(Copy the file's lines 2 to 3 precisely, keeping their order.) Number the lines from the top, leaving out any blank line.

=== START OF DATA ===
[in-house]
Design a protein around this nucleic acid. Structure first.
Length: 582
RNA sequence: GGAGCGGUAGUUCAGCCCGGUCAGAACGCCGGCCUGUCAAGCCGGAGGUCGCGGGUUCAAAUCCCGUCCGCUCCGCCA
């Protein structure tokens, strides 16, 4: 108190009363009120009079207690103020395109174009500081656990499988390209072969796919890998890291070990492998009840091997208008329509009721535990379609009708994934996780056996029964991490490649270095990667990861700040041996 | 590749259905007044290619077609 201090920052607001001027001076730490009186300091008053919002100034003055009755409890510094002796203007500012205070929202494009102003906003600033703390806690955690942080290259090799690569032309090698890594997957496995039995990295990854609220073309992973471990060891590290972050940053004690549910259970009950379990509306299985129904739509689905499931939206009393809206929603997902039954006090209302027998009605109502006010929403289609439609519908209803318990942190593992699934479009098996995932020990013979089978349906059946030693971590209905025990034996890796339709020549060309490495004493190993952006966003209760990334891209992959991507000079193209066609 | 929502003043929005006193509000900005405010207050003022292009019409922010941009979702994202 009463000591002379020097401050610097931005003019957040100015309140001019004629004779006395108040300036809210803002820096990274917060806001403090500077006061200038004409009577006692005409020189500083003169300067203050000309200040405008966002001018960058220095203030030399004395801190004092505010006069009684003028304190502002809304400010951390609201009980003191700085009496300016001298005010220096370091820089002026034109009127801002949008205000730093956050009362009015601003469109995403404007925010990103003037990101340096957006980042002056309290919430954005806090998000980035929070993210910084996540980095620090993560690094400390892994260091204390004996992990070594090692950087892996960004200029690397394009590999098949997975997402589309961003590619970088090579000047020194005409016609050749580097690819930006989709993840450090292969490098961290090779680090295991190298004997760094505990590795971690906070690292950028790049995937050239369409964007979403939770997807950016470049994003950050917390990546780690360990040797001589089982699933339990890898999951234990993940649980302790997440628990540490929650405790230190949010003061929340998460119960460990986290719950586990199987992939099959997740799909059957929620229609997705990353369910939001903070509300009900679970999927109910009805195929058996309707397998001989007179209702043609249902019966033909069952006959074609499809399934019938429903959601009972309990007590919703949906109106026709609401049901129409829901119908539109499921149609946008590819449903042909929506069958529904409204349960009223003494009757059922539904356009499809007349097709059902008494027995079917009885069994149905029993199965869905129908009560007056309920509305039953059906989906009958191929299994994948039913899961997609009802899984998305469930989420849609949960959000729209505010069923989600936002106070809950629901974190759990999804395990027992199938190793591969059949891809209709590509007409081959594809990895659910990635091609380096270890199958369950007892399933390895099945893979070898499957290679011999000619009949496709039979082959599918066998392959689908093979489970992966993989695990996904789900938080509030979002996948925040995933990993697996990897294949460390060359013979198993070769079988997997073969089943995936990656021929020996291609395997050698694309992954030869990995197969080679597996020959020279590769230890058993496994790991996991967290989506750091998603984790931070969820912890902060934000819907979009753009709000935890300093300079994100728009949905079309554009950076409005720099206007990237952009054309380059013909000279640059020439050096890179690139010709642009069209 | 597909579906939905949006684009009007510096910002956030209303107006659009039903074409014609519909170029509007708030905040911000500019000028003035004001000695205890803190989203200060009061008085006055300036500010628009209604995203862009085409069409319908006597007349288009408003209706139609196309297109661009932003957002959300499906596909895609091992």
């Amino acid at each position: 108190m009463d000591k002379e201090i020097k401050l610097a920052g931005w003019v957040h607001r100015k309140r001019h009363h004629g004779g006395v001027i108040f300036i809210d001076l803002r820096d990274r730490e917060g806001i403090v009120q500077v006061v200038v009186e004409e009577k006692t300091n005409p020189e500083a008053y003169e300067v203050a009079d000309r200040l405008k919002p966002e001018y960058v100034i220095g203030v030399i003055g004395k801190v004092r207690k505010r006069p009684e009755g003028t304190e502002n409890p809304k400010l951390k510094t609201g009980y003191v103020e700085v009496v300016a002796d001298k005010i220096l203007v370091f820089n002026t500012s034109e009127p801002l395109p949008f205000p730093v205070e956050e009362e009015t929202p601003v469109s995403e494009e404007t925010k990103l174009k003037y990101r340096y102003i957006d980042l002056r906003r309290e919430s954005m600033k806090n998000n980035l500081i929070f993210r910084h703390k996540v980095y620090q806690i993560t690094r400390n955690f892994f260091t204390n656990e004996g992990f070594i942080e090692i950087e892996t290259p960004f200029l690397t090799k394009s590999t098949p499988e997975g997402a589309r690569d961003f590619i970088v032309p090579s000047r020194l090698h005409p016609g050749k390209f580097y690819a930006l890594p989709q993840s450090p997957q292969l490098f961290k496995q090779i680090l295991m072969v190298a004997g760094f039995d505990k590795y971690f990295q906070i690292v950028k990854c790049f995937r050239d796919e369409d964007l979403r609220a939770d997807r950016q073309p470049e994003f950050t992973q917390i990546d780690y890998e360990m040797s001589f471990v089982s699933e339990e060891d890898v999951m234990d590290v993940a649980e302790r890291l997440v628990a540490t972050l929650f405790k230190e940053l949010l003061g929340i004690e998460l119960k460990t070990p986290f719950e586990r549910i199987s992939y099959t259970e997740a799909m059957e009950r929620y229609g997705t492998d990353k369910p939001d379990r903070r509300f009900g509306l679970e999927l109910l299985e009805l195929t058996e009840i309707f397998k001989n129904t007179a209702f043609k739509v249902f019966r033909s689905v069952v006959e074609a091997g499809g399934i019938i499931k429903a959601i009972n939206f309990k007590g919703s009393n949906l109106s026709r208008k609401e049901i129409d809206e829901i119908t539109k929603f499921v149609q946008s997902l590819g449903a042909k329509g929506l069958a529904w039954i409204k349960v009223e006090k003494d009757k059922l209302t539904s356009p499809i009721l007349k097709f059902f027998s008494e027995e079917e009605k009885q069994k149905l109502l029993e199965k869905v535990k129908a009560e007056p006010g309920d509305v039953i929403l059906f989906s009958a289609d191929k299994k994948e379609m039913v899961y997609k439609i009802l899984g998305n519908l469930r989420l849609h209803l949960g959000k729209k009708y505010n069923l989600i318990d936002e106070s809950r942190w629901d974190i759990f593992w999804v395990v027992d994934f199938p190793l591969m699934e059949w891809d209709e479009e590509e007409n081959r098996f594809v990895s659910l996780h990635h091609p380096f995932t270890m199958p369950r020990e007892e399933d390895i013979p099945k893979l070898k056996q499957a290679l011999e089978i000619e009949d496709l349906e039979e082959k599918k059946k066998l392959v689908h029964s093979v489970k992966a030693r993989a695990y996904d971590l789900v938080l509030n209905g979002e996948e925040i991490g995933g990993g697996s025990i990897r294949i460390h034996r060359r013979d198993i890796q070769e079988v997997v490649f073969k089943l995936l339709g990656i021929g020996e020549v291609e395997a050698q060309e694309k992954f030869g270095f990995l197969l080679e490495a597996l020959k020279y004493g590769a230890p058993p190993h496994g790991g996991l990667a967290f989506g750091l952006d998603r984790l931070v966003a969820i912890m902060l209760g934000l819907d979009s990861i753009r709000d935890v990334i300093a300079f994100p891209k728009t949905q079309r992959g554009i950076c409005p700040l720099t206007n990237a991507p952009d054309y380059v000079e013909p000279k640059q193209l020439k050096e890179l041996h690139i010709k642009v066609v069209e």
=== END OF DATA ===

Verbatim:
Design a protein around this nucleic acid. Structure first.
Length: 582